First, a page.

The blasphemy law of Indonesia as legal text has imprinted the interactive patterns of how the multiple actors in such a multicultural country are negotiating, contesting and balancing their religious interests in public sphere under the common state ideology of Pancasila, which put the principle of Ketuhanan Yang Maha Esa (the God as the Only One) at the very first place. The shifts of Indonesian political and legal regimes in fact always agree to uphold the existence of blasphemy law although every of them provides diverse responses to the implementation and application of the law due to the dynamics of social, cultural, political, and legal contexts. Therefore, the features and future of Indonesia’s secularity as the concept of managing national diversity and integrity to some extent will be decoded and explained from the development of blasphemy law in wider perspective based on the thesis that the law is part of power instrument and social system.

If scholars from outside the KFG "Multiple Secularities" wish to attend the colloquium, please send a short inquiry to multiple-secularities[at]uni-leipzig.de

9 August 2017
9 -11 a.m.

Strohsack, room 5.55

Colloquium

Dagmar Schwerk (Hamburg University): "Bhutan in Transition: Metamorphosis and Institutionalisation of Buddhist Concepts"

If scholars from outside the KFG "Multiple Secularities" wish to attend the colloquium, please send a short inquiry to multiple-secularities[at]uni-leipzig.de

2 August 2017
9 - 12 a.m.

Strohsack, room 5.55

Colloquium

Nadine Sieveking (Göttingen University): "Negotiating the boundaries of a secular art world within local Muslim contexts: Perspectives from contemporary choreographers in Senegal"

26 July 2017
9 - 12 a.m.

Strohsack, room 5.55

Colloquium

R. Santosh (IIT Madras, Chennai): Engaging with the secular: Some reflections on the contemporary Muslim scenario in Kerala, South India

The contemporary identity articulations of Muslims in India have been deeply shaped by factors such as the specificity of Indian secular constitution that guarantees the minorities with the right to religion and personal laws, the multi-religious context of Indian society and incessant Islamic reformist attempts leading to contestations over theological and organizational issues. All these factors directly or indirectly compelled the community to engage with various dimensions of modernity including the ideals of progress and secularism while engendering a steady process of secularization where Muslim organizations increasingly began to use secular-liberal discourses to articulate their demands and identity. This has become prominent in the context of the rise of Hindu right wing and more recently in the background of the event in which a group of Muslims from Kerala fled to Afghanistan and joined ISIS. In this paper, I draw examples from the Muslims of Kerala to explore several episodes of their engagement with the discourses and practices of secularism in avenues such as civil society activism, communal harmony initiatives, denouncement of religious extremism and in the construction and authentication of a ‘true Islam’ for its members.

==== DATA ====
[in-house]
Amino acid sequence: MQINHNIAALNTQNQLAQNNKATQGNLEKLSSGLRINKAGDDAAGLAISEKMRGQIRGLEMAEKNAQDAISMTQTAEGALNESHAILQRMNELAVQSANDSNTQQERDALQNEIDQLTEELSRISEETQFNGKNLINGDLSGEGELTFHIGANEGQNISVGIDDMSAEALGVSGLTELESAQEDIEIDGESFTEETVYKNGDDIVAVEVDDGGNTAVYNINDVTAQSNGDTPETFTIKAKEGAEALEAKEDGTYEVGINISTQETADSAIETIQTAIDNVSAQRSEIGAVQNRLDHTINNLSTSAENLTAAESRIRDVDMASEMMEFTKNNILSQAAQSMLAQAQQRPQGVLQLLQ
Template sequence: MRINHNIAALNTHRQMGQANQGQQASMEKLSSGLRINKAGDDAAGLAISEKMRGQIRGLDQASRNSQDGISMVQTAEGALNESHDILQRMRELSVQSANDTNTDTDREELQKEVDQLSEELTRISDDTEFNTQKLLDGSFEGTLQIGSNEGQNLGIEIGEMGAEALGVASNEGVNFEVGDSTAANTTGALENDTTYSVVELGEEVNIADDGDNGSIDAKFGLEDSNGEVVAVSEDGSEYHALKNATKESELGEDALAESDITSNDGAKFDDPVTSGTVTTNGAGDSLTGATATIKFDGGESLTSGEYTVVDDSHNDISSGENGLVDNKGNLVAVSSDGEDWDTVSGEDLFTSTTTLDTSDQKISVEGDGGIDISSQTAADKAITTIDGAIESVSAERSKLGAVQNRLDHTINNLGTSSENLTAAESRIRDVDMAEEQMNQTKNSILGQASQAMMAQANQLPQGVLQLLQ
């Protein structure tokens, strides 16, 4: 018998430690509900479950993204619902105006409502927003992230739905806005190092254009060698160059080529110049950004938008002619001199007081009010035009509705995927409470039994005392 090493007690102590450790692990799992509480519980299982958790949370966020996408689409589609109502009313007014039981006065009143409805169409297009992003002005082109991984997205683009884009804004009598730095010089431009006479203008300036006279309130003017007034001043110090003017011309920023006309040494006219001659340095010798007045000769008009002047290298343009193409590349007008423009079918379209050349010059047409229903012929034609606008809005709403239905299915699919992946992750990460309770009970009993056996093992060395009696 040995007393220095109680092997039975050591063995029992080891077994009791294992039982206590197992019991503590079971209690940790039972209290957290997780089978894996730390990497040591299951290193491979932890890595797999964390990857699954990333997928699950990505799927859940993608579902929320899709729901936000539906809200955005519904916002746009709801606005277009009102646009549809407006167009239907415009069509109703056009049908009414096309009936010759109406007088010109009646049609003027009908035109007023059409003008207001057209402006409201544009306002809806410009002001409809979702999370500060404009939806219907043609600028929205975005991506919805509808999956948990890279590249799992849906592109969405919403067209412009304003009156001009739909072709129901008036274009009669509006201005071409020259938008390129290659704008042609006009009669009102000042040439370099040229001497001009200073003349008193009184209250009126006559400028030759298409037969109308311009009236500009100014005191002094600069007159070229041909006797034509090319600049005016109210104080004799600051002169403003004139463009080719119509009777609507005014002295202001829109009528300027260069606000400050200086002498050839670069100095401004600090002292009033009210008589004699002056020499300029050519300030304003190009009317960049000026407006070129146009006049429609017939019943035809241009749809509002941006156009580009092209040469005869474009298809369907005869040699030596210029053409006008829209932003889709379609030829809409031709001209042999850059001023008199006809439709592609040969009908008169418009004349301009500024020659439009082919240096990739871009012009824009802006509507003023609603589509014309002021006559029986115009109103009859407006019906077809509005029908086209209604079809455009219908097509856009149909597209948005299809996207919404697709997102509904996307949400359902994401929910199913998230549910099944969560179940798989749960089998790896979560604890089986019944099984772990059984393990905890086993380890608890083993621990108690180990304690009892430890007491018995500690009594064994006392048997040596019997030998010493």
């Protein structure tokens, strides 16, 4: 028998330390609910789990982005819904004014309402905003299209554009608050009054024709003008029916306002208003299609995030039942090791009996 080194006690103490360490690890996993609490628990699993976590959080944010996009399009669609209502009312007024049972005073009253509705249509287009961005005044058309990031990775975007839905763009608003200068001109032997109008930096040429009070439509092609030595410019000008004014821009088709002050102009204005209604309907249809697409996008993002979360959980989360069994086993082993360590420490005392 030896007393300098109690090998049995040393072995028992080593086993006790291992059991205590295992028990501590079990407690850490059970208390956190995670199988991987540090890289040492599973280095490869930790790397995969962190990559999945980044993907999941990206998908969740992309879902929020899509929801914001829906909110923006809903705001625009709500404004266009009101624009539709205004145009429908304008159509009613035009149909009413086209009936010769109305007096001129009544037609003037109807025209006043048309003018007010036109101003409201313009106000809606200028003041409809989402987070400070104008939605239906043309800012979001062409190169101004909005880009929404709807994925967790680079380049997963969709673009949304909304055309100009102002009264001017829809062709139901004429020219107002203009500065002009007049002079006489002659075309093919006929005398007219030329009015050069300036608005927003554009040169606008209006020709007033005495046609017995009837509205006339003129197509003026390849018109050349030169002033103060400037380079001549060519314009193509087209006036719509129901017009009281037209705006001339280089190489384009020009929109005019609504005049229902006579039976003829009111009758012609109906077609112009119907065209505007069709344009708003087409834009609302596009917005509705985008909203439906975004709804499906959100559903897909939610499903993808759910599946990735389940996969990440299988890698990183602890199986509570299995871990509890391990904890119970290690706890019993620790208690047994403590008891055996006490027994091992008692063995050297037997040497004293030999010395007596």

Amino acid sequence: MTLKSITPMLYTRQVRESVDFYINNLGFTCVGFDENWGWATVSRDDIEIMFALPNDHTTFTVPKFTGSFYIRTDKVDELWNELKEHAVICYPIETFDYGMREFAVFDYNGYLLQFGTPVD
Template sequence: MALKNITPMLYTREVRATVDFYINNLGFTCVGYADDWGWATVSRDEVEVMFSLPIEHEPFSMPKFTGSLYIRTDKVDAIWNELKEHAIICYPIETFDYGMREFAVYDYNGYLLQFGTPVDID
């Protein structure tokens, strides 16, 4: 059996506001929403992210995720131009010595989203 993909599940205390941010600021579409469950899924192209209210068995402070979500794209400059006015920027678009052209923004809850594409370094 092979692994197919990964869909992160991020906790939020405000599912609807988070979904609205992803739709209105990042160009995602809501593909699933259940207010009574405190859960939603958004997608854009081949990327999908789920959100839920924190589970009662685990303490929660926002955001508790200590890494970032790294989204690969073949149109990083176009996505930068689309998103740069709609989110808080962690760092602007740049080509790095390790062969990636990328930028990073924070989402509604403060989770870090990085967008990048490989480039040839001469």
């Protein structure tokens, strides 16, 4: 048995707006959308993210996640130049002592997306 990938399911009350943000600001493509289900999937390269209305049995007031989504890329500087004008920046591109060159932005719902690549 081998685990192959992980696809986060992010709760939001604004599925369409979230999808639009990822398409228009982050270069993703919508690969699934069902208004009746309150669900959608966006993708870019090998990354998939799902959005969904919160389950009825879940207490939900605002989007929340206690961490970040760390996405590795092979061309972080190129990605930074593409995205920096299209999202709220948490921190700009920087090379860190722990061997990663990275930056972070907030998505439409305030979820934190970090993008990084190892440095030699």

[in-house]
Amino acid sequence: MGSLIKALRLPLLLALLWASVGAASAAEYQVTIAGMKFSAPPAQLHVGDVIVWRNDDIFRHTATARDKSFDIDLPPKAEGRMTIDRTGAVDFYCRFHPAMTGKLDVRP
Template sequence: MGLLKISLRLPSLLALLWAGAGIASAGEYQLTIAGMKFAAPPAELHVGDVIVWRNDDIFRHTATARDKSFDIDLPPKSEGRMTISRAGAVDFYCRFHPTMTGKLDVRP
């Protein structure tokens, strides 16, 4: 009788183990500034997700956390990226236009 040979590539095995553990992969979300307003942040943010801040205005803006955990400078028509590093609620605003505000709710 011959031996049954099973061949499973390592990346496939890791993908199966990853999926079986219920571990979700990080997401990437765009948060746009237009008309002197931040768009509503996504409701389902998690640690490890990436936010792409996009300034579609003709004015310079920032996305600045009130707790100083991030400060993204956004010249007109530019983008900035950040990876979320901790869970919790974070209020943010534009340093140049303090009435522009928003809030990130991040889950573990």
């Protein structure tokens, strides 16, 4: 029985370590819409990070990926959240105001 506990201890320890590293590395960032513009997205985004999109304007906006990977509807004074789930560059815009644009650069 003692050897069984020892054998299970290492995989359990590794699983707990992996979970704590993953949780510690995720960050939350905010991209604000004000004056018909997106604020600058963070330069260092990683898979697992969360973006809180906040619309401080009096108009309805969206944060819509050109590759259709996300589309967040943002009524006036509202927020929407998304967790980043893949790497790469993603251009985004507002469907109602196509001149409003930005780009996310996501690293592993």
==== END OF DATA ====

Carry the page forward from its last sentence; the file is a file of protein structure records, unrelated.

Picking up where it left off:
If scholars from outside the KFG "Multiple Secularities" wish to attend the colloquium, please send a short inquiry to multiple-secularities[at]uni-leipzig.de

19 July 2017
9 - 12 a.m.

Strohsack, room 5.55

Colloquium

Iva Lucic: "Religion, Nation-building and Secularity: the Bosnian Muslims in Socialist Yugoslavia"

If scholars from outside the KFG "Multiple Secularities" wish to attend the colloquium, please send a short inquiry to multiple-secularities[at]uni-leipzig.de

5 July 2017
9 - 12 a.m.

Strohsack, room 5.55

Colloquium

Silke Gülker: "Transcendence in Scientific Work. Investigating Stem Cell Research in Germany and the United States"

The project investigates the role of transcendence constructions in scientific work. Transcendence construction means, in principle, the construction of boundaries between what is assumed as available and not available. Based on the distinction suggested by Schütz and Luckmann between small, intermediate, and great transcendences, the project develops a research perspective that emphasizes the continuity between dealing with innerworldly and dealing with otherworldly unavailabilities.